First, concerning the drumming itself, we know absolutely that George Martin was displeased with it, else there would have been no reason for him to make any suggestion of replacing Pete in the studio. John, Paul, and George have all connected the main part of Pete’s dismissal to that which was purely professional, the drumming. In 1974, John unceremoniously remarked, “By then, we were pretty sick of Pete Best too, because he was a lousy drummer, you know? He never improved, and there was always this myth being built up over the years that he was great... We were always going to dump him when we could find a decent drummer”5. Paul’s 2001 comment (on the Wingspan documentary DVD) that Pete was “a really good drummer” does not alter the truth, any more than it changes history. Further, Eric Krasker ascertained, despite Pete’s assertion to the contrary, that, during the Tony Sheridan sessions, Bert Kaempfert expressed reservations concerning (at least) Pete’s bass drum; and that Tony Sheridan, Karl Hinze, and Roy Young have all in some manner or another mentioned Pete’s shortcomings of talent6. But even if it’s absolutely true that Pete was “the No. 1 drummer in Liverpool... constantly talked about everywhere” and “the other drummers all tried to copy”7 his style, the fact is that The Beatles and George Martin were not impressed. As Krasker noted, “Obviously, if Pete had given a fine performance on 6 June 1962, George Martin would have made no negative comment about his drumming, and then it would have been much more difficult for the Beatles to find an objective reason get rid of a skilled drummer. After all, who would have taken the risk of changing a winning team?”6.

Second, although the jealousy towards Pete has probably been overblown, it seems to have contributed to his end. Several anecdotes float that, in the eyes of the other Beatles, Pete received too much female attention, or too high an accolade from a reporter, publicist or fan. But even if there was no jealousy at all, Pete’s popularity might have been an impediment to the ways of John and Paul, whose double-sided leadership could never have been completely turned over to the whim of the public.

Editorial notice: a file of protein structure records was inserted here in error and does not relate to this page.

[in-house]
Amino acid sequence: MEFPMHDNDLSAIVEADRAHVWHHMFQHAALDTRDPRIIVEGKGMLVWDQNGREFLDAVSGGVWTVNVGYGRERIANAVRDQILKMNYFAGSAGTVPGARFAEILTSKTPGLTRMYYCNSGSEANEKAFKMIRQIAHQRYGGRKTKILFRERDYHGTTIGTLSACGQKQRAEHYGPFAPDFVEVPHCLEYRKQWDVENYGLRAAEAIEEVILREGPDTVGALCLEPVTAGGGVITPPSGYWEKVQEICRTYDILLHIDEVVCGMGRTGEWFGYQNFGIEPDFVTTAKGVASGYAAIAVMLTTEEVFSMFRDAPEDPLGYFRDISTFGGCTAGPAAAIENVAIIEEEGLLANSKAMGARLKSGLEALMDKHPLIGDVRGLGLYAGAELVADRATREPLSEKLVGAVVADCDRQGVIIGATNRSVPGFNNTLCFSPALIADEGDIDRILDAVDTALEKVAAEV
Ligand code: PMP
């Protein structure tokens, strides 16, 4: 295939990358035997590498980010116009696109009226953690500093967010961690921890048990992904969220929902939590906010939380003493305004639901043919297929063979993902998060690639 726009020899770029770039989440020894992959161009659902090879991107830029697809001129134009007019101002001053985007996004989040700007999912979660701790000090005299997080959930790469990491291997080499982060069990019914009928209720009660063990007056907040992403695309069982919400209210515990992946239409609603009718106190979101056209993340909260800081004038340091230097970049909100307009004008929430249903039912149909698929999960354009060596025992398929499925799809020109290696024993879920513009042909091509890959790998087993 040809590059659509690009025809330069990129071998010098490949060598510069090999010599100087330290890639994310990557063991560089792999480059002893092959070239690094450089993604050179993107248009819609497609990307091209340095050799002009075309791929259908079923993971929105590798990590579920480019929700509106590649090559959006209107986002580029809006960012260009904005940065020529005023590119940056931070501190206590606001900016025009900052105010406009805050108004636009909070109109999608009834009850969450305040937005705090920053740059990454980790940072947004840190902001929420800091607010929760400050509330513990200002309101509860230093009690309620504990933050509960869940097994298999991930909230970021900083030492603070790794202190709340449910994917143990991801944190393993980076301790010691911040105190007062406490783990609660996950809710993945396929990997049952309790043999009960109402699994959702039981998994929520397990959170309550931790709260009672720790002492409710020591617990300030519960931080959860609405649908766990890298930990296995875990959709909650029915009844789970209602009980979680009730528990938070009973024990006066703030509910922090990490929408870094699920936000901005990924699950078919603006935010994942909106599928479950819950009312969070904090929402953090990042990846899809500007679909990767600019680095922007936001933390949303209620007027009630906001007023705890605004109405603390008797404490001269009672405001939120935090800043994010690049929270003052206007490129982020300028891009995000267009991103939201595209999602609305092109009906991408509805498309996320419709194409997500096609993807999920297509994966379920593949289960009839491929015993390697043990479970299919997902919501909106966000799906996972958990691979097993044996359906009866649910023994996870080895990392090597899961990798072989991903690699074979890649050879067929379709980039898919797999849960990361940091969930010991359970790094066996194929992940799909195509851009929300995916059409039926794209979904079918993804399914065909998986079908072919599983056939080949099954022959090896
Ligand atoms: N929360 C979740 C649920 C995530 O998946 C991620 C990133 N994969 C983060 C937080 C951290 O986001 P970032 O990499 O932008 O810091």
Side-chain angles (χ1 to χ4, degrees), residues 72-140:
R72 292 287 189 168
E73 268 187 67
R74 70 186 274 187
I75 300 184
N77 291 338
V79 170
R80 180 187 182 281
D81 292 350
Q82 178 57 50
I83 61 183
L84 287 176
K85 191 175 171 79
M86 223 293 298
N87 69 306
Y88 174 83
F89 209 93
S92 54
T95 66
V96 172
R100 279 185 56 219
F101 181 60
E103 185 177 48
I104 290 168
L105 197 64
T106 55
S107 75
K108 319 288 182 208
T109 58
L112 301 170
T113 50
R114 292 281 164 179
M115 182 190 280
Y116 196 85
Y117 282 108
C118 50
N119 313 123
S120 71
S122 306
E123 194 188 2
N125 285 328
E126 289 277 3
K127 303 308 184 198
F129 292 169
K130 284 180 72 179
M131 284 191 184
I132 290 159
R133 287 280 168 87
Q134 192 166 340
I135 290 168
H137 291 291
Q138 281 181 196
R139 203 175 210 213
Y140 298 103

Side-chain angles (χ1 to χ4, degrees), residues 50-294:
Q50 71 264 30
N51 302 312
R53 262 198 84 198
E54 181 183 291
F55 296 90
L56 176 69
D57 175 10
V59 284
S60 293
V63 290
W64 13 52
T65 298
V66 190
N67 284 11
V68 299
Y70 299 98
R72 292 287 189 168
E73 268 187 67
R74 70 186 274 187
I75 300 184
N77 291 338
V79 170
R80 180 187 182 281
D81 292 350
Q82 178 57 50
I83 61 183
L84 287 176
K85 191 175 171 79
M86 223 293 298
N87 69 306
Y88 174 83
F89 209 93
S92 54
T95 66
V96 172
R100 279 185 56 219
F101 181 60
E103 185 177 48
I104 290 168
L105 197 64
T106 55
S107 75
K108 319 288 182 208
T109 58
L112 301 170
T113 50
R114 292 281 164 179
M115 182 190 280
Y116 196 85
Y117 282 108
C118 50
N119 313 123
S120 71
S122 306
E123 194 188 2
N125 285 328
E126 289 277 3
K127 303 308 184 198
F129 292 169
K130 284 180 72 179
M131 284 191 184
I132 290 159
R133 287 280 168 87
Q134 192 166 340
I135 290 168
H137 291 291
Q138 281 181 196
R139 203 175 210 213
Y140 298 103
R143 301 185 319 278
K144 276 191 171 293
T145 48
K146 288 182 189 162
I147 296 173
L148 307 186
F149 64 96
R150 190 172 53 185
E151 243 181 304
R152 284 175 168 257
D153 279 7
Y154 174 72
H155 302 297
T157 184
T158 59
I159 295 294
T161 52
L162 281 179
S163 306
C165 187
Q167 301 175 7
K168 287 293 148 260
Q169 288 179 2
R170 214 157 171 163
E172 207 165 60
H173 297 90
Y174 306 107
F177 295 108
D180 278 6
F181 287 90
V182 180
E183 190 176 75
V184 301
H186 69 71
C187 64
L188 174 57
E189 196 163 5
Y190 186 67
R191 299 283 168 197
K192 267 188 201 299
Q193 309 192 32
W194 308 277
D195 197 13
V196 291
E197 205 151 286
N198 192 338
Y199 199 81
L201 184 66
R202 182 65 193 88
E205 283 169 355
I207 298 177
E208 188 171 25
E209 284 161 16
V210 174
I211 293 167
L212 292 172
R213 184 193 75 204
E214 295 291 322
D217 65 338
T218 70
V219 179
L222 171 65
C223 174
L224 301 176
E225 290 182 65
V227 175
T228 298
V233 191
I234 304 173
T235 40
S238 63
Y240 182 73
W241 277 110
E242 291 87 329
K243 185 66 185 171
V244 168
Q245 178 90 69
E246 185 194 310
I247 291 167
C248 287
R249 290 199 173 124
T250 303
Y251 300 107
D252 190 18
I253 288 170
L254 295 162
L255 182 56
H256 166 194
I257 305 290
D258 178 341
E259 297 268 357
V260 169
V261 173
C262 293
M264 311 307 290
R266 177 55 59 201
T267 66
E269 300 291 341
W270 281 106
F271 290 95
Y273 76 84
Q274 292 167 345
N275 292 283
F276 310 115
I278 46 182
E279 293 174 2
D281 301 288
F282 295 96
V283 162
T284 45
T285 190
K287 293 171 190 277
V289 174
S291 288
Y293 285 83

Third, personality almost certainly had something to do with it, but probably not with the weight some ascribe. If John was in fact the most acerbic to Pete in years following, it’s interesting that Pete recently said, “John was a dear friend”7. Unless we are entirely cynical, we should probably grant this friendship. Paul was more direct, saying in 2001 (on the Wingspan documentary DVD) that “He wasn't quite like the rest of us. We had kind of a sense of humor in common and he was nearly in with it all. But it's a fine line, you know, as to what is exactly in and what is nearly in.” Ringo, they felt, had a humor and wit that fit them, a rougher image (which they liked), and much more talent as a drummer.

Although one might believe from all the information available that John and Paul were the conspirators against Pete, to hear George Harrison tell it, "I was quite responsible for stirring things up. I conspired to get Ringo in for good; I talked to Paul and John until they came round to the idea." Ringo confirmed that George was “hustling” for him8.

Pete became quite depressed by the news, and many of the female fans took to sleeping outside his window in a vigil for this reason, and to protest the decision. Discord began to shake through audiences wherever The Beatles played without Pete, and some of their fans turned on them in rebellion. At the August 22, 1962 Cavern Club performance, fans brought signs which read “Ringo Never, Pete Best Forever.”

1 The Beatles, p.140

2 Lewisohn, The Beatles Live!, p.99

3 Lewisohn, The Beatles Live!, p.100


5 John Lennon – Imagine (1974)

6 (Interview with Eric Krasker)


8 The Beatles Anthology, p.72

(general refs: Rory, Roag and Pete Best, The Beatles: The True Beginnings, pp.166-168; Winn, Way Beyond Compare; Unterberger, The Unreleased Beatles, pp.32-33; Bill Harry, Mersey Beat article: here)


RELATIVES: Keep up with Pete Best at the official website: here.


Tom Wise

Although I use quotes from sources, or cited fact, much of the material on this and other pages of my blog is original, from my own pen. This is not cut-and-paste, it is a work of art. Copyright © 2010 Tom Wise.